By Sara HrubyThis article may be reproduced freely and in its entirety without permission.
A woman with a baby daughter who lives in a suburb of New Delhi is struggling to raise the cash to get her brood of nine chickens on the road to slaughter.
Shashna Shah, who is one of India’s top chicken traders, says she has been struggling for years to pay the chicken farmers, but the government’s anti-labor laws make it difficult.
“We were not allowed to sell any chicken in any supermarket because of the new anti-loan measures,” said Shah, a mother of two who is a part-time chicken breeder.
“There are now more than 1,000 farms that are struggling to buy the animals they need.
And we are the only ones that are allowed to do so.”
Shah, who runs a wholesale chicken farm near the border with Bangladesh, is one among the thousands of Indian chicken traders who are facing a bleak future.
The country’s poultry trade is one in which profits are heavily dependent on government subsidies, while the supply of chickens is in decline.
The government has been cracking down on the sector, cutting subsidies and introducing tariffs to help farmers pay for the chickens they produce.
And the country’s growing population is making it difficult for the farmers to keep up.
The recent spike in bird flu has made it more difficult for many Indian chicken farmers to get enough chickens to slaughter, and that means they have to take on even more work to feed their families.
The average age of chicken breeders is now around 25, and more than half the chicken breeder families are over 70, said Rajan Bhagat, a retired poultry breeder and a founding member of the International Chicken Breeder’s Association (ICBA).
Bhagat says that since the introduction of the government-backed scheme, which began in January, the industry has gone from being an economic engine to a social drain.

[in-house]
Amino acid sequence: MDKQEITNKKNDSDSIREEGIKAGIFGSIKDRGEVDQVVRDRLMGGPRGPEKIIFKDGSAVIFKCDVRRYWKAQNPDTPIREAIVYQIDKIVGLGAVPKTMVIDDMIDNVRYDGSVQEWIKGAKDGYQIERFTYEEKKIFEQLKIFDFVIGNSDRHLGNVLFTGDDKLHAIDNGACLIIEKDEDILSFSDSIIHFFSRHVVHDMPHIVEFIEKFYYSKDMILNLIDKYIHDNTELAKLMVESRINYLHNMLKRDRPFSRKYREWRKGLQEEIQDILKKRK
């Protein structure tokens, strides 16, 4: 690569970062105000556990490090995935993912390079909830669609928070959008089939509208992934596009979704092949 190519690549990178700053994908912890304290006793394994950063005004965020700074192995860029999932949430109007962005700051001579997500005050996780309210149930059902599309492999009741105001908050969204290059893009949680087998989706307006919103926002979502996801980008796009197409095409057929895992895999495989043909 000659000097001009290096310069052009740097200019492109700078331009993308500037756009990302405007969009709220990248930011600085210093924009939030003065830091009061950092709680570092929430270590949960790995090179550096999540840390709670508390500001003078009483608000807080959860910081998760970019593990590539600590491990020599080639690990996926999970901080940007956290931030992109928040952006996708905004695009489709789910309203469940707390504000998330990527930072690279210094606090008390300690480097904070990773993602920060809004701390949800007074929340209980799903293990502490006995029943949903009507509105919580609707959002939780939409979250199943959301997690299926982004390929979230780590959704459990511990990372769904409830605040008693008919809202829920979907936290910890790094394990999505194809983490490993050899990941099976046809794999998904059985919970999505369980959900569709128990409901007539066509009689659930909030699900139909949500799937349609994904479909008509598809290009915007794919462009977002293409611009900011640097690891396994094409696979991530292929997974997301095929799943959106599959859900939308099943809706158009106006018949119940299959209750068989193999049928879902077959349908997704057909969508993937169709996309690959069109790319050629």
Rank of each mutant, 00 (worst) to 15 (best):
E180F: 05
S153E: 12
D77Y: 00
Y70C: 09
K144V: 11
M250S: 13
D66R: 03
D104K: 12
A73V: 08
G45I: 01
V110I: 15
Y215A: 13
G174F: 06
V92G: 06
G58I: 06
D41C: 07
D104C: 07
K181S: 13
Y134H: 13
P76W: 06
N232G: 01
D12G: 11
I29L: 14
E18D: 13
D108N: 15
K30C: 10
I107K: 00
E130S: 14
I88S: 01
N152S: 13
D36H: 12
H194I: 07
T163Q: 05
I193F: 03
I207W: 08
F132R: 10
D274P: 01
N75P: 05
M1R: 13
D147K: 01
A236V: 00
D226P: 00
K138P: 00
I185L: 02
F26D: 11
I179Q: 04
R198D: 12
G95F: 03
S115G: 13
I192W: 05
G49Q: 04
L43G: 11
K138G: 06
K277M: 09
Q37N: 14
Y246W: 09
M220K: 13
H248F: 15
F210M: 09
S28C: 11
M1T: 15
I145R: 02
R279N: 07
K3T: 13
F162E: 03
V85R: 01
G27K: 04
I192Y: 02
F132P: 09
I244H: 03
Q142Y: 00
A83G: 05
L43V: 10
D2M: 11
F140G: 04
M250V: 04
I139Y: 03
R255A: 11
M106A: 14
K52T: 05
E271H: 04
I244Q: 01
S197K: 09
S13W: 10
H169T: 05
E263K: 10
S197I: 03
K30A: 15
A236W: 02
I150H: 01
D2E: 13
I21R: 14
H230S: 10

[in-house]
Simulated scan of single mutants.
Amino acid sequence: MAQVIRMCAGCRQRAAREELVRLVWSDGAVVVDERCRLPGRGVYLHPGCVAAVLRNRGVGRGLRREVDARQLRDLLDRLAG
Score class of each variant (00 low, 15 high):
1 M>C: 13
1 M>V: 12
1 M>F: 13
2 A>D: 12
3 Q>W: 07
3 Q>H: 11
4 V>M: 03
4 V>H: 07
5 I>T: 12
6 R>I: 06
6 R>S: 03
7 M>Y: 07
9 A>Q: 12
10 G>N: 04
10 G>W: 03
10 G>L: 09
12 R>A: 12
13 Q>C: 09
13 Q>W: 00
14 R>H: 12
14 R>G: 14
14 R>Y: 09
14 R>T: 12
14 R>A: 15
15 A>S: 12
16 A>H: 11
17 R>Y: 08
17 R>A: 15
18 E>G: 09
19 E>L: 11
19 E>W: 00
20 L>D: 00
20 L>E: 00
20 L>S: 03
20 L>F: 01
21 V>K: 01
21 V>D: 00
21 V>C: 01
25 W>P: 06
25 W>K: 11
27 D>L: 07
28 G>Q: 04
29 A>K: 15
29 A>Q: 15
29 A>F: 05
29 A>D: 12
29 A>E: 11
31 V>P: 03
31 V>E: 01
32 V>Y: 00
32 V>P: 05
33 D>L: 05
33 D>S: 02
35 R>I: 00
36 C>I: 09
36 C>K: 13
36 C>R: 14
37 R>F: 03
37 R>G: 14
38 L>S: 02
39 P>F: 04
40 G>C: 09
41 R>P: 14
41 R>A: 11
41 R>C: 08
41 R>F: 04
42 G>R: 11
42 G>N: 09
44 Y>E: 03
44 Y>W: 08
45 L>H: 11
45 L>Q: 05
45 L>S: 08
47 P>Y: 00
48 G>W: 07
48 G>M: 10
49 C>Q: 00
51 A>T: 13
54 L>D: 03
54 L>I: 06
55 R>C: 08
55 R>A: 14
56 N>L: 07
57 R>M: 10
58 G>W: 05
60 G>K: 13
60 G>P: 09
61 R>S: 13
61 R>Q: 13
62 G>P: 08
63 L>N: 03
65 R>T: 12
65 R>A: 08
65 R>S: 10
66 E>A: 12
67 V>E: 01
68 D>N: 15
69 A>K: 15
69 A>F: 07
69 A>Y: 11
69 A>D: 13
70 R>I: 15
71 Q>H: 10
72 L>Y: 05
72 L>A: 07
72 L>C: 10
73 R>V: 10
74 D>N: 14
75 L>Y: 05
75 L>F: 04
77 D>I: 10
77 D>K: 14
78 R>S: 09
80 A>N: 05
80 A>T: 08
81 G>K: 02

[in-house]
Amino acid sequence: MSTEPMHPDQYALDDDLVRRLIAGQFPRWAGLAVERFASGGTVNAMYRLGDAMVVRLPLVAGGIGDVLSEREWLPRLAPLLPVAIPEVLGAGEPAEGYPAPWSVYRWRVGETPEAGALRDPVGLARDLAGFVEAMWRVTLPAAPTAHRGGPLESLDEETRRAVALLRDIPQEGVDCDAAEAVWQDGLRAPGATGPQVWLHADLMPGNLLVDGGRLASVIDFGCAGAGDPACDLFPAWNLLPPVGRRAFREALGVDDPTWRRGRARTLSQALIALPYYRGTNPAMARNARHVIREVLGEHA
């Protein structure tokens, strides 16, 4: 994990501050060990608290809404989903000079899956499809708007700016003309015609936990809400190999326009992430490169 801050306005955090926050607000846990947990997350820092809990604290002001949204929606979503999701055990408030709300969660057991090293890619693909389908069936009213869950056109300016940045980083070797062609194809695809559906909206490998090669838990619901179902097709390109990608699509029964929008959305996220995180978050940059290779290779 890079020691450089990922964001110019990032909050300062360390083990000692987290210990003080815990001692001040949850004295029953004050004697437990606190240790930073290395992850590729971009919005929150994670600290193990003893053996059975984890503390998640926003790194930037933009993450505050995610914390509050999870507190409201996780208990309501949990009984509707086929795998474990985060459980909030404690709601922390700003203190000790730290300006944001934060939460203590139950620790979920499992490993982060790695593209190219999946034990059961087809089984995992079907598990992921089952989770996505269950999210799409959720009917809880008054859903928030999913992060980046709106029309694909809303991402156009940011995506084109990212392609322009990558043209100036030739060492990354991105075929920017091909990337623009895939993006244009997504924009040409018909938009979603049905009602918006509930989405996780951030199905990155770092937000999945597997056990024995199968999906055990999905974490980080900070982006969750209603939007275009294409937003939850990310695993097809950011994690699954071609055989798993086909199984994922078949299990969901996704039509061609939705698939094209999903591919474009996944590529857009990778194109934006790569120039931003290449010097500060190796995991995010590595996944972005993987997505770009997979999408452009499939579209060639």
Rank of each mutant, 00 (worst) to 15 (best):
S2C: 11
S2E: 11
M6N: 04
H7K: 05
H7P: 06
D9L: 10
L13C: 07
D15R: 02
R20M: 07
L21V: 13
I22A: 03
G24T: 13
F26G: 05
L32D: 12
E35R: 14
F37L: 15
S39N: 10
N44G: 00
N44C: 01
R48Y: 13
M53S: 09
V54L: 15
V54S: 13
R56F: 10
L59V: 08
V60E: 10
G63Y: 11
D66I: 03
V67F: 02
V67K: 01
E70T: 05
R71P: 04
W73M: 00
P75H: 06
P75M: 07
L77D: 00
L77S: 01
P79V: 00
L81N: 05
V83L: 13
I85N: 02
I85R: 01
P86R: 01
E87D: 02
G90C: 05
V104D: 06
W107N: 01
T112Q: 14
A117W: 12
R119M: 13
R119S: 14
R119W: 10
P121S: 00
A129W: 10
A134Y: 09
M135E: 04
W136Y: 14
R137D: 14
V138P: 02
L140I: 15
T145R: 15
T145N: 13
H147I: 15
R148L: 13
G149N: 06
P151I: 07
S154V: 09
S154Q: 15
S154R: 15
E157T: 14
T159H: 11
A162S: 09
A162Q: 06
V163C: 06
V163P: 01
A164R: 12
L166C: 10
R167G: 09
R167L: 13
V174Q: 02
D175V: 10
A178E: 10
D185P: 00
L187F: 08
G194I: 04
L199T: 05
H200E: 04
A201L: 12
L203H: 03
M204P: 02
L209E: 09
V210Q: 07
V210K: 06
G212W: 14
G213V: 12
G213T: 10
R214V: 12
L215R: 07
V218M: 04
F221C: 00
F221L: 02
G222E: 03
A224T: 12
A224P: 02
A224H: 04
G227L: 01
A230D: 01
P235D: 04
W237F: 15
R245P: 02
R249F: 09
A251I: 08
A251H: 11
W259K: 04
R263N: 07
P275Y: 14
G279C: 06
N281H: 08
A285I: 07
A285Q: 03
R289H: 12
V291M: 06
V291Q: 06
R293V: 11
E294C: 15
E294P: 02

“There is no money for wages and no food,” said Bhagas, who farms poultry in the northern state of Rajasthan.
“You cannot even buy the eggs.”
The government, which is responsible for more than a third of Indias chicken exports, has also imposed stringent tariffs on some imports, including chicken from Bangladesh and Pakistan.
Bilateral trade between India and Bangladesh has plummeted by more than 70 percent in recent years.
For many Indian poultry farmers, the trade has become more of a gamble.
In the past, many farmers would have paid an exorbitant price for a chicken to make sure it arrived at their doorstep safely, but now that prices have been set in the billions of rupees, the prices are lower.
The prices of imported chicken are often so high that even the best-paid chicken breachers can’t compete with the wholesale chicken market.
The cheapest chicken breacher, who earns as little as Rs 5,000 a month, would be required to sell his chicken at prices ranging from Rs 15,000 to Rs 30,000, depending on the size of the farm.
In the past year, many of the chicken breakers have resorted to raising prices on their own.
In a recent interview, an egg breeder in the southern state of Maharashtra said his costs have doubled from Rs 10,000 in April to Rs 20,000 now.
Many of these chicken breachors say that they are also forced to spend more on food.
The price of chicken is rising due to the government measures, and many farmers have had to spend their own money on food and other necessities.
The chicken industry is also facing a big challenge: It has been slow to adapt to the changing climate.
India’s poultry industry has faced a big economic downturn in recent decades.
Its farmers, whose livelihoods depend on the industry, are now struggling to survive.